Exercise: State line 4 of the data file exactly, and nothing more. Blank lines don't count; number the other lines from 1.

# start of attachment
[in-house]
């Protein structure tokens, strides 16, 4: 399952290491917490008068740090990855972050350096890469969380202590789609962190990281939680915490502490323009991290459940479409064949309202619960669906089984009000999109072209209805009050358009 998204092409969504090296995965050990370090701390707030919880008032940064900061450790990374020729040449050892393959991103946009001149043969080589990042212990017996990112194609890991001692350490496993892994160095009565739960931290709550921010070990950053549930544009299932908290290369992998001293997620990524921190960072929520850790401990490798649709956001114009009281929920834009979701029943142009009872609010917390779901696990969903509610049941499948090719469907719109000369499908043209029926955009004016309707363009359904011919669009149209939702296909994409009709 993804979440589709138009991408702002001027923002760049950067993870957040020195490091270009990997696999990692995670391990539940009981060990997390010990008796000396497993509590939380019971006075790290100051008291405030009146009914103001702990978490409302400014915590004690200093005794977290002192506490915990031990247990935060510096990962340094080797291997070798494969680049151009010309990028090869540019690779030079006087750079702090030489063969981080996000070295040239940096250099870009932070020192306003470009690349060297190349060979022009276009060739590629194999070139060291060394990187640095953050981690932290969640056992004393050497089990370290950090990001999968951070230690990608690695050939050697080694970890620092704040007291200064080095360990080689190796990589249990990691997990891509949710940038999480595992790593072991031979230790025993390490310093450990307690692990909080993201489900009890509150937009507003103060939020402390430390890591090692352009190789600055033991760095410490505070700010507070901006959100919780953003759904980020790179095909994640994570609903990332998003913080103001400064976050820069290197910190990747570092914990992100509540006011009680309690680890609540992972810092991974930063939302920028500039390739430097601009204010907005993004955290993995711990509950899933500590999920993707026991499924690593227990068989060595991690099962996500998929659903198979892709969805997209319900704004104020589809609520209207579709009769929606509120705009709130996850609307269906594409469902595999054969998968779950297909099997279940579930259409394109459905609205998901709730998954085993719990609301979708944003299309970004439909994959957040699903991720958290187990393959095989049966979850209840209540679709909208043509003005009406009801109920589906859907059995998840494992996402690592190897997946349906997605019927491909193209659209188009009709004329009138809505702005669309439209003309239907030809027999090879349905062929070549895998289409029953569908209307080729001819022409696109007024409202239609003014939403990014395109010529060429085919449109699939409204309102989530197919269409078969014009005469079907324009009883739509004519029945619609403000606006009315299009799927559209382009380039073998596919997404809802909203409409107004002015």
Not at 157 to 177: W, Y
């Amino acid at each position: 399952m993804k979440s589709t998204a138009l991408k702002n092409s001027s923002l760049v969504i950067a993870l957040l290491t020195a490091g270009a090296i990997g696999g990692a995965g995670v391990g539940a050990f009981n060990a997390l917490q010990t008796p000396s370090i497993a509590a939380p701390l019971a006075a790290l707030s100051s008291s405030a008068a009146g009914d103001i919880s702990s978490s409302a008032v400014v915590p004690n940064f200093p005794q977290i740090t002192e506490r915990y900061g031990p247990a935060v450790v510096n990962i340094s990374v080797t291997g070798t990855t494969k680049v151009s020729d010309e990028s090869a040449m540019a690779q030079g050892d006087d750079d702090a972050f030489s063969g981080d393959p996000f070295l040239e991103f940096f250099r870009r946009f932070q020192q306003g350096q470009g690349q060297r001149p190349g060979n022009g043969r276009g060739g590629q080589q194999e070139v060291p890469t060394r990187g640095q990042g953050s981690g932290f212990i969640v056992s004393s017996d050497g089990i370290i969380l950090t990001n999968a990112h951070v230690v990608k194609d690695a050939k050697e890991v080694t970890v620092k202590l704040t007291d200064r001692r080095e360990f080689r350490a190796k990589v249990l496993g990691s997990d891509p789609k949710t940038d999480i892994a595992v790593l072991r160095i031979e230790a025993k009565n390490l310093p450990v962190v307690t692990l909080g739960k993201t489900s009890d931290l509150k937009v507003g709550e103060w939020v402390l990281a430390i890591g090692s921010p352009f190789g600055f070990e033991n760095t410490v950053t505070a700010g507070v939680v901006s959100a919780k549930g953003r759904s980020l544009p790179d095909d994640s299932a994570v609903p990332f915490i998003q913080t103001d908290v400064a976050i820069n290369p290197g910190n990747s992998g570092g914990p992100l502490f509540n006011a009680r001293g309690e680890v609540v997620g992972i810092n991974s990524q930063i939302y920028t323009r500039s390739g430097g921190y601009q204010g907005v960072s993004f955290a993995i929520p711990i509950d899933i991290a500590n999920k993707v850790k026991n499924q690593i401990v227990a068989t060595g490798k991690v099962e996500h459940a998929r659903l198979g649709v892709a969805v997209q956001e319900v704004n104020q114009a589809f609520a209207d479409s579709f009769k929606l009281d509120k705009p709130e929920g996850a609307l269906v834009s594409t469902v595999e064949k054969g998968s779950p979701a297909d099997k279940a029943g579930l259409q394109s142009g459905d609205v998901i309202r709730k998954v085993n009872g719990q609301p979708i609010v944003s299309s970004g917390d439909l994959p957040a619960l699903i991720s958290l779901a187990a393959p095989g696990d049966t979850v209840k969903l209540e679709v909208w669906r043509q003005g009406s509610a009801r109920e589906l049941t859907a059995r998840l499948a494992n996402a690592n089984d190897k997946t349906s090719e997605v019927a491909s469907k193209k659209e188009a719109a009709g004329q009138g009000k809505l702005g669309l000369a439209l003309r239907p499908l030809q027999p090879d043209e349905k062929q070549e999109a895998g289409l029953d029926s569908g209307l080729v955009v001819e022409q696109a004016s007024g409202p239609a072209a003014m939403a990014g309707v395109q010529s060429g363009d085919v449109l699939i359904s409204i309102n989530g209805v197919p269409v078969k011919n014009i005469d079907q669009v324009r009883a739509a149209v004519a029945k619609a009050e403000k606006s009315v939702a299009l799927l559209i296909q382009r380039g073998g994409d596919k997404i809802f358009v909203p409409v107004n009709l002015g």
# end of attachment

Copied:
């Amino acid at each position: 399952m993804k979440s589709t998204a138009l991408k702002n092409s001027s923002l760049v969504i950067a993870l957040l290491t020195a490091g270009a090296i990997g696999g990692a995965g995670v391990g539940a050990f009981n060990a997390l917490q010990t008796p000396s370090i497993a509590a939380p701390l019971a006075a790290l707030s100051s008291s405030a008068a009146g009914d103001i919880s702990s978490s409302a008032v400014v915590p004690n940064f200093p005794q977290i740090t002192e506490r915990y900061g031990p247990a935060v450790v510096n990962i340094s990374v080797t291997g070798t990855t494969k680049v151009s020729d010309e990028s090869a040449m540019a690779q030079g050892d006087d750079d702090a972050f030489s063969g981080d393959p996000f070295l040239e991103f940096f250099r870009r946009f932070q020192q306003g350096q470009g690349q060297r001149p190349g060979n022009g043969r276009g060739g590629q080589q194999e070139v060291p890469t060394r990187g640095q990042g953050s981690g932290f212990i969640v056992s004393s017996d050497g089990i370290i969380l950090t990001n999968a990112h951070v230690v990608k194609d690695a050939k050697e890991v080694t970890v620092k202590l704040t007291d200064r001692r080095e360990f080689r350490a190796k990589v249990l496993g990691s997990d891509p789609k949710t940038d999480i892994a595992v790593l072991r160095i031979e230790a025993k009565n390490l310093p450990v962190v307690t692990l909080g739960k993201t489900s009890d931290l509150k937009v507003g709550e103060w939020v402390l990281a430390i890591g090692s921010p352009f190789g600055f070990e033991n760095t410490v950053t505070a700010g507070v939680v901006s959100a919780k549930g953003r759904s980020l544009p790179d095909d994640s299932a994570v609903p990332f915490i998003q913080t103001d908290v400064a976050i820069n290369p290197g910190n990747s992998g570092g914990p992100l502490f509540n006011a009680r001293g309690e680890v609540v997620g992972i810092n991974s990524q930063i939302y920028t323009r500039s390739g430097g921190y601009q204010g907005v960072s993004f955290a993995i929520p711990i509950d899933i991290a500590n999920k993707v850790k026991n499924q690593i401990v227990a068989t060595g490798k991690v099962e996500h459940a998929r659903l198979g649709v892709a969805v997209q956001e319900v704004n104020q114009a589809f609520a209207d479409s579709f009769k929606l009281d509120k705009p709130e929920g996850a609307l269906v834009s594409t469902v595999e064949k054969g998968s779950p979701a297909d099997k279940a029943g579930l259409q394109s142009g459905d609205v998901i309202r709730k998954v085993n009872g719990q609301p979708i609010v944003s299309s970004g917390d439909l994959p957040a619960l699903i991720s958290l779901a187990a393959p095989g696990d049966t979850v209840k969903l209540e679709v909208w669906r043509q003005g009406s509610a009801r109920e589906l049941t859907a059995r998840l499948a494992n996402a690592n089984d190897k997946t349906s090719e997605v019927a491909s469907k193209k659209e188009a719109a009709g004329q009138g009000k809505l702005g669309l000369a439209l003309r239907p499908l030809q027999p090879d043209e349905k062929q070549e999109a895998g289409l029953d029926s569908g209307l080729v955009v001819e022409q696109a004016s007024g409202p239609a072209a003014m939403a990014g309707v395109q010529s060429g363009d085919v449109l699939i359904s409204i309102n989530g209805v197919p269409v078969k011919n014009i005469d079907q669009v324009r009883a739509a149209v004519a029945k619609a009050e403000k606006s009315v939702a299009l799927l559209i296909q382009r380039g073998g994409d596919k997404i809802f358009v909203p409409v107004n009709l002015g």